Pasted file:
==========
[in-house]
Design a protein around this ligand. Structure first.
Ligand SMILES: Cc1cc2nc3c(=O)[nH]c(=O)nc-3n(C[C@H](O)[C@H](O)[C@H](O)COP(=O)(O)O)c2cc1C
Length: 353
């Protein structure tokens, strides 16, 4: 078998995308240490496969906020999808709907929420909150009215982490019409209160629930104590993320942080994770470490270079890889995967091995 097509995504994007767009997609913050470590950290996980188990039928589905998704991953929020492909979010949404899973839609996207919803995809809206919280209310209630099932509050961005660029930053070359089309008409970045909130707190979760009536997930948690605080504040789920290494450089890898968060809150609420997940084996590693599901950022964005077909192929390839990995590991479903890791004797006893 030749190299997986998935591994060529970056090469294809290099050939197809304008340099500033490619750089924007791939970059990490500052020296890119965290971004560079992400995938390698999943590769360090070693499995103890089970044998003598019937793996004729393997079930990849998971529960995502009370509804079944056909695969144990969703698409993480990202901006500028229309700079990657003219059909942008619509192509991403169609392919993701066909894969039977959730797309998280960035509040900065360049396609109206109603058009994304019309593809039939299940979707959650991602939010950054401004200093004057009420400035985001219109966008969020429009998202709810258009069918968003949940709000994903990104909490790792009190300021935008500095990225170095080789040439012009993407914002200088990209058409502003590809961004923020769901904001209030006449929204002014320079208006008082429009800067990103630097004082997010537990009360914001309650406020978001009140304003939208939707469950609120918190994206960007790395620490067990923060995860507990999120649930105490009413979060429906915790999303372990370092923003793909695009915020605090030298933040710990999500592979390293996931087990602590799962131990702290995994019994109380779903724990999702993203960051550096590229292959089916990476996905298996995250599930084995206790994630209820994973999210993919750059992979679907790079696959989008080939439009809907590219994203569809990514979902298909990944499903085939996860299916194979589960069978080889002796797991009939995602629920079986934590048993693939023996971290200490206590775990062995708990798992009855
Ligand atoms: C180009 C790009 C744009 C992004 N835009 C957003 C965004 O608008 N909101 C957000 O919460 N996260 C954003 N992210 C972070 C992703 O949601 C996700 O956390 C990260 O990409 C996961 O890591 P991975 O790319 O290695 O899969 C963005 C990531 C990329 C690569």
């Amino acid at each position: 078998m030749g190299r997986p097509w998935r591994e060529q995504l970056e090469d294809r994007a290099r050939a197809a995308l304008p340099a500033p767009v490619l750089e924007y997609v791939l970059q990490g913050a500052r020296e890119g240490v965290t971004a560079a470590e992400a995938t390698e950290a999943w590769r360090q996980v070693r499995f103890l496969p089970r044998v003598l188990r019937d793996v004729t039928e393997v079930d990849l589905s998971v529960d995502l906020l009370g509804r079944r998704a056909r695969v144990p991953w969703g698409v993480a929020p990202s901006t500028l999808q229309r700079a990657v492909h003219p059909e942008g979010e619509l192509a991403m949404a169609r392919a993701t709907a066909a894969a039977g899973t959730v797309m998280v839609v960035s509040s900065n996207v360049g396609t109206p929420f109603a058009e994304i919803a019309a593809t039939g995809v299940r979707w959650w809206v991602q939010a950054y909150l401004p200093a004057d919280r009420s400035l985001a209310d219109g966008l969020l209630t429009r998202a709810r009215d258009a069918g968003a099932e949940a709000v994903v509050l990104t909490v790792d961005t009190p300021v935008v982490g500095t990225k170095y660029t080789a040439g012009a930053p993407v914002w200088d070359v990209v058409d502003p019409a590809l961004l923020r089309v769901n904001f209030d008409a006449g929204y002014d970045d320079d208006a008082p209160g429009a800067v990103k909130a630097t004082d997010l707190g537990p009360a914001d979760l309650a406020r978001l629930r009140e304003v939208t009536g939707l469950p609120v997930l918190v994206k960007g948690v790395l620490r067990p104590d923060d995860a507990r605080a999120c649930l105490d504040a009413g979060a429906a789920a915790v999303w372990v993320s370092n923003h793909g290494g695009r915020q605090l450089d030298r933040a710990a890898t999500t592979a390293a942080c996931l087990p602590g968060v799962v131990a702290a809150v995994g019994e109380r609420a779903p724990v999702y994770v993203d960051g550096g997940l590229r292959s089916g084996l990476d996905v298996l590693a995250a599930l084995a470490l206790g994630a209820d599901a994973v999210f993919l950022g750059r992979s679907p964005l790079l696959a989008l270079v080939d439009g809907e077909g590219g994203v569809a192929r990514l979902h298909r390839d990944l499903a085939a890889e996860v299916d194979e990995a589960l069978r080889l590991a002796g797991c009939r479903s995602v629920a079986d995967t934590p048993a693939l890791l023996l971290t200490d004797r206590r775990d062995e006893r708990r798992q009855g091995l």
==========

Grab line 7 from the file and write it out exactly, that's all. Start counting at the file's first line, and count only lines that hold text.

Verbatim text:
């Amino acid at each position: 078998m030749g190299r997986p097509w998935r591994e060529q995504l970056e090469d294809r994007a290099r050939a197809a995308l304008p340099a500033p767009v490619l750089e924007y997609v791939l970059q990490g913050a500052r020296e890119g240490v965290t971004a560079a470590e992400a995938t390698e950290a999943w590769r360090q996980v070693r499995f103890l496969p089970r044998v003598l188990r019937d793996v004729t039928e393997v079930d990849l589905s998971v529960d995502l906020l009370g509804r079944r998704a056909r695969v144990p991953w969703g698409v993480a929020p990202s901006t500028l999808q229309r700079a990657v492909h003219p059909e942008g979010e619509l192509a991403m949404a169609r392919a993701t709907a066909a894969a039977g899973t959730v797309m998280v839609v960035s509040s900065n996207v360049g396609t109206p929420f109603a058009e994304i919803a019309a593809t039939g995809v299940r979707w959650w809206v991602q939010a950054y909150l401004p200093a004057d919280r009420s400035l985001a209310d219109g966008l969020l209630t429009r998202a709810r009215d258009a069918g968003a099932e949940a709000v994903v509050l990104t909490v790792d961005t009190p300021v935008v982490g500095t990225k170095y660029t080789a040439g012009a930053p993407v914002w200088d070359v990209v058409d502003p019409a590809l961004l923020r089309v769901n904001f209030d008409a006449g929204y002014d970045d320079d208006a008082p209160g429009a800067v990103k909130a630097t004082d997010l707190g537990p009360a914001d979760l309650a406020r978001l629930r009140e304003v939208t009536g939707l469950p609120v997930l918190v994206k960007g948690v790395l620490r067990p104590d923060d995860a507990r605080a999120c649930l105490d504040a009413g979060a429906a789920a915790v999303w372990v993320s370092n923003h793909g290494g695009r915020q605090l450089d030298r933040a710990a890898t999500t592979a390293a942080c996931l087990p602590g968060v799962v131990a702290a809150v995994g019994e109380r609420a779903p724990v999702y994770v993203d960051g550096g997940l590229r292959s089916g084996l990476d996905v298996l590693a995250a599930l084995a470490l206790g994630a209820d599901a994973v999210f993919l950022g750059r992979s679907p964005l790079l696959a989008l270079v080939d439009g809907e077909g590219g994203v569809a192929r990514l979902h298909r390839d990944l499903a085939a890889e996860v299916d194979e990995a589960l069978r080889l590991a002796g797991c009939r479903s995602v629920a079986d995967t934590p048993a693939l890791l023996l971290t200490d004797r206590r775990d062995e006893r708990r798992q009855g091995l």